The other wonderful novel that I read with the book club I'm in, and I highly recommend a good book club to everybody, was a book called Palace Walk by the Egyptian writer Naguib Mahfouz who won the Nobel Prize in Literature, I guess about 20 years ago. And for anyone following along Mahfouz is spelled M-A-H-F-O-U-Z. And it's just a wonderful novel about life in Egypt around World War I, and it's beautifully written and just full of insights about human behavior that I really loved. And I liked it best because I knew nothing about him or the book, and it really felt like a revelation when I read it because it was so wonderful.

And then I guess the best business book I've read in the past year or so is the choice I'm sure of a lot of people, which would be on The Psychology of Money by Morgan Housel, which is just great. And certainly, everybody interested in investing and personal finance should read that book. And I think it's so good that 25 or 50 years from now people will still be reading it.

Ptak: Your weekly column is a must-read for many people in the investment world, including Christine and me. Who are your must-reads, or in the case of podcasts, must-listens each week?

Zweig: Well, I have kind of eclectic taste. I just mentioned Morgan Housel and his book, but I also follow his blogposts very closely. He is terrific. A bunch of the bloggers at Ritholtz are really good. And I should immediately interject your question as the kind of question where, as soon as we get off our discussion, I'll realize I forgot about 50 people. It's not meant to be inclusive, it's just whatever pops in my head at the moment.

But people like Nick Maggiulli, Michael Batnick, Ben Carlson--those guys are great. Matt Levine is probably the best daily commentator in the whole financial world, and his newsletter at Bloomberg is indispensable. I also pay close attention to Joe Weisenthal and Tracy Alloway at Bloomberg, Robin Wigglesworth at the FT.

And Jesse Livermore, who blogs Philosophical Economics. And there are just dozens of other people who are doing great work every day and every week.

The real challenge for investors right now is not figuring out what to read, but rather figuring out what not to read. Because if you had no job, and your only task was just to read and do nothing else, you could not read all the good stuff that comes out every day. And obviously, I read the two of you guys and John Rekenthaler, and a bunch of other great people at Morningstar as well. And what I've settled on--because it seems to be the only solution that works is if you are drinking from a firehose, which we all are--the only sensible thing you can really do is just let it run. There is no point trying to put your face in front of the firehose and open your mouth as wide as you can and just try to take it all in. In 10 seconds, you'll be drowned. So, what I do is I just let the fire hose run. And then once or twice a day, I take a little teacup, and I kind of dip it into the firehose and pull it out and see if I like what I found. And so, I'll do that through my email, through my Twitter feed. And just by poking around on the Internet. And I do it once in the morning and once in the afternoon, and that's all I can handle. And I know I'm missing the vast majority of what's out there. But that's the only way it seems to work.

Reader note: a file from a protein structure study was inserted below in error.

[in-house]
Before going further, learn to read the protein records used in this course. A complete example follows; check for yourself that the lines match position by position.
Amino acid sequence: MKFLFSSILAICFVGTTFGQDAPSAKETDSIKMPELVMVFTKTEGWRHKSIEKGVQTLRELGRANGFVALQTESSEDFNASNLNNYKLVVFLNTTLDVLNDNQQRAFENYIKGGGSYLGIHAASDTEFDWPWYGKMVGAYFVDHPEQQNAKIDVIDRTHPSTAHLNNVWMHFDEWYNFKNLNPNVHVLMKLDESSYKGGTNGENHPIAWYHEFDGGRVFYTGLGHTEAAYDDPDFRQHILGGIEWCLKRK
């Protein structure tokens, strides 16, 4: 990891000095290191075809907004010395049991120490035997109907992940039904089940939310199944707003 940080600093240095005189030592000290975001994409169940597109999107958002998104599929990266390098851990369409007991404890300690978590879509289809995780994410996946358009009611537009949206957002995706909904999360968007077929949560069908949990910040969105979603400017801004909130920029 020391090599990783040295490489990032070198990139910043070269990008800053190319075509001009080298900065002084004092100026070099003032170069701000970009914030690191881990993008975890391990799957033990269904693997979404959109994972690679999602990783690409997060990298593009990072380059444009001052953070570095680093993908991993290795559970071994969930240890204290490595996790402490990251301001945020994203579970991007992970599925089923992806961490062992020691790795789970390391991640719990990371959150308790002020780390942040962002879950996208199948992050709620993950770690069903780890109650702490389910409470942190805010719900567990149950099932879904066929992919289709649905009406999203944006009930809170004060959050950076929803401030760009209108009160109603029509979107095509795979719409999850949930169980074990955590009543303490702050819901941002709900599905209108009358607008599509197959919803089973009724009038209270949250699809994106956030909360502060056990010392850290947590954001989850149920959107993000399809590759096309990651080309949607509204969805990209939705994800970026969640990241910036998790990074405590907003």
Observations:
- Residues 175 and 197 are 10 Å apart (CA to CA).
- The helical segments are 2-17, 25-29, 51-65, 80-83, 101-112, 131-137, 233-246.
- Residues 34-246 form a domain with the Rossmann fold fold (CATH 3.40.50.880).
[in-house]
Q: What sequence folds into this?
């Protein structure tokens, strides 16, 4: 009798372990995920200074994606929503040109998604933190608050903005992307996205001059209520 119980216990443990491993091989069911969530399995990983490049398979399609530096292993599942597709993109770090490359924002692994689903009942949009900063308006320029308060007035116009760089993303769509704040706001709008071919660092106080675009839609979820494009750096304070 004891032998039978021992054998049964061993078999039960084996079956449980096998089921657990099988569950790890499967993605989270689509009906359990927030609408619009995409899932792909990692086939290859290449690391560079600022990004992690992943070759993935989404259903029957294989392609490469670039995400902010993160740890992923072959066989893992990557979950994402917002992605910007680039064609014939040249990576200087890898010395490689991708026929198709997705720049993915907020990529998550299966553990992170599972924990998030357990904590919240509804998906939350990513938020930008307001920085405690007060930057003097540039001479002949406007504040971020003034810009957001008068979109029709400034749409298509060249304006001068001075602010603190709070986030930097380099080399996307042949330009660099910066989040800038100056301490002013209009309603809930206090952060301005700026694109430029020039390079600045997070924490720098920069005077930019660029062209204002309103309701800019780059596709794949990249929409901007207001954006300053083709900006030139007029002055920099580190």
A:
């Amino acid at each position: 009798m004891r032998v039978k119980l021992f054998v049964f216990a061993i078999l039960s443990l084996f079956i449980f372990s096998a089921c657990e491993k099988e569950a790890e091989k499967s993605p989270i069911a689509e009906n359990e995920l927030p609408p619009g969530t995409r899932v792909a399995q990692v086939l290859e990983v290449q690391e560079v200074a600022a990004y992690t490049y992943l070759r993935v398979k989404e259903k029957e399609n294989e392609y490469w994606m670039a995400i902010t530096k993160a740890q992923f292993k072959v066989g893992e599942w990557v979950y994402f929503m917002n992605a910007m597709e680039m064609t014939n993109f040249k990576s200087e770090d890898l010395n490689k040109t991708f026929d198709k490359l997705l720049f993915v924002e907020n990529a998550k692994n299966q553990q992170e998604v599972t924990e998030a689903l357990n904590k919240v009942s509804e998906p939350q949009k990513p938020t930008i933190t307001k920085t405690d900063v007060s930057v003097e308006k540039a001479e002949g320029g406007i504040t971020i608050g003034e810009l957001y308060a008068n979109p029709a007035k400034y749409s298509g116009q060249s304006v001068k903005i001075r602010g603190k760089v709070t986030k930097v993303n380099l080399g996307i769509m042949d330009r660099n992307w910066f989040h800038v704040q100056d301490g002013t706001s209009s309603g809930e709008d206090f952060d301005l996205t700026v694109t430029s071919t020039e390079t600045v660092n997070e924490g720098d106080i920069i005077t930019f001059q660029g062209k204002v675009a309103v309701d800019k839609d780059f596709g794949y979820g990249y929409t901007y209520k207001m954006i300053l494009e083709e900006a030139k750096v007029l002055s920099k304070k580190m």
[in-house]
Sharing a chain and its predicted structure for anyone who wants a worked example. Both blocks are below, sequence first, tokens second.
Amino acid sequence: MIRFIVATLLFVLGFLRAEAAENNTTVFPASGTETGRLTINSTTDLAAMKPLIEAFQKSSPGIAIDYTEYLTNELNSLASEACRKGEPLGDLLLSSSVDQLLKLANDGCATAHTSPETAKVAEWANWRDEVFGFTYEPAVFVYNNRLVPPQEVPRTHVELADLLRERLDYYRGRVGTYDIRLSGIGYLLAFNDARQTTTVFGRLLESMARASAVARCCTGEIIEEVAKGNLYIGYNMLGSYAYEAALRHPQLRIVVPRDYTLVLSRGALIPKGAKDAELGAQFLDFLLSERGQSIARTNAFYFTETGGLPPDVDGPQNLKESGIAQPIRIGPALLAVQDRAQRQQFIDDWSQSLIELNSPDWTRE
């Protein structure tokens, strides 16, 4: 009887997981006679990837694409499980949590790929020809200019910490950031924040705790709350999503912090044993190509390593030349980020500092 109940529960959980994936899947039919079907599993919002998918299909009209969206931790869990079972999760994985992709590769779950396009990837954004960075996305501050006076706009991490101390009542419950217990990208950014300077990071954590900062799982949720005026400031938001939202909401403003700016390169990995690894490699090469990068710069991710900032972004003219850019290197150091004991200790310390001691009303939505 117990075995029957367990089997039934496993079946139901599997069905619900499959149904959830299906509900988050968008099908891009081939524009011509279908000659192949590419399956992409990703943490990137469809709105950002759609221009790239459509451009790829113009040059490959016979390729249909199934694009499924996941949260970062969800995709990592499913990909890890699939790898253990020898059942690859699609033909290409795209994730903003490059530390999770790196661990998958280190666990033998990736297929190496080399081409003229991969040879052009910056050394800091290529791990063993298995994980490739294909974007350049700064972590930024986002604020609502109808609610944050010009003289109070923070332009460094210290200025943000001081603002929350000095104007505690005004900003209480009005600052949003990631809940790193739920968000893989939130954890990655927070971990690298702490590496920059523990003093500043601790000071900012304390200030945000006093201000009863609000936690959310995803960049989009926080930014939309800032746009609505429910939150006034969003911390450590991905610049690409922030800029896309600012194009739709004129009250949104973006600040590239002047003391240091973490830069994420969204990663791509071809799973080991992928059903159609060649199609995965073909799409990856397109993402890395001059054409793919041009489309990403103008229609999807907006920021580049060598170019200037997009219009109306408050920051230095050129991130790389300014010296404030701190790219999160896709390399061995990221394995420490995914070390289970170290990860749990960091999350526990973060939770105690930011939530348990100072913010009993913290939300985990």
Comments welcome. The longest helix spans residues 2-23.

Ptak: Well, Jason, this has been such an enjoyable conversation. We really appreciate your time and insights. Thanks for chatting with us today. We really appreciate it.

Zweig: Well, thanks for having me, guys. It was great to be with you.

Benz: Thank you so much.

Ptak: Thanks for joining us on The Long View. If you liked what you heard, please subscribe to and rate The Long View from Morningstar on iTunes, Google Play, Spotify, or wherever you get your podcasts.

You can follow us on Twitter @Syouth1, which is S-Y-O-U-T-H and the number 1.

Benz: And @Christine_Benz.

Ptak: George Castady is our engineer for the podcast and Kari Greczek produces the show notes each week.

Finally, we'd love to get your feedback. If you have a comment or a guest idea, please email us at Until next time, thanks for joining us.

(Disclaimer: This recording is for informational purposes only and should not be considered investment advice. Opinions expressed are as of the date of recording. Such opinions are subject to change. The views and opinions of guests on this program are not necessarily those of Morningstar, Inc. and its affiliates. Morningstar and its affiliates are not affiliated with this guest or his or her business affiliates unless otherwise stated. Morningstar does not guarantee the accuracy, or the completeness of the data presented herein. Jeff Ptak is an employee of Morningstar Research Services LLC. Morningstar Research Services is a subsidiary of Morningstar, Inc. and is registered with and governed by the U.S. Securities and Exchange Commission. Morningstar Research Services shall not be responsible for any trading decisions, damages or other losses resulting from or related to the information, data analysis, or opinions, or their use. Past performance is not a guarantee of future results. All investments are subject to investment risk, including possible loss of principal. Individuals should seriously consider if an investment is suitable for them by referencing their own financial position, investment objectives and risk profile before making any investment decision.)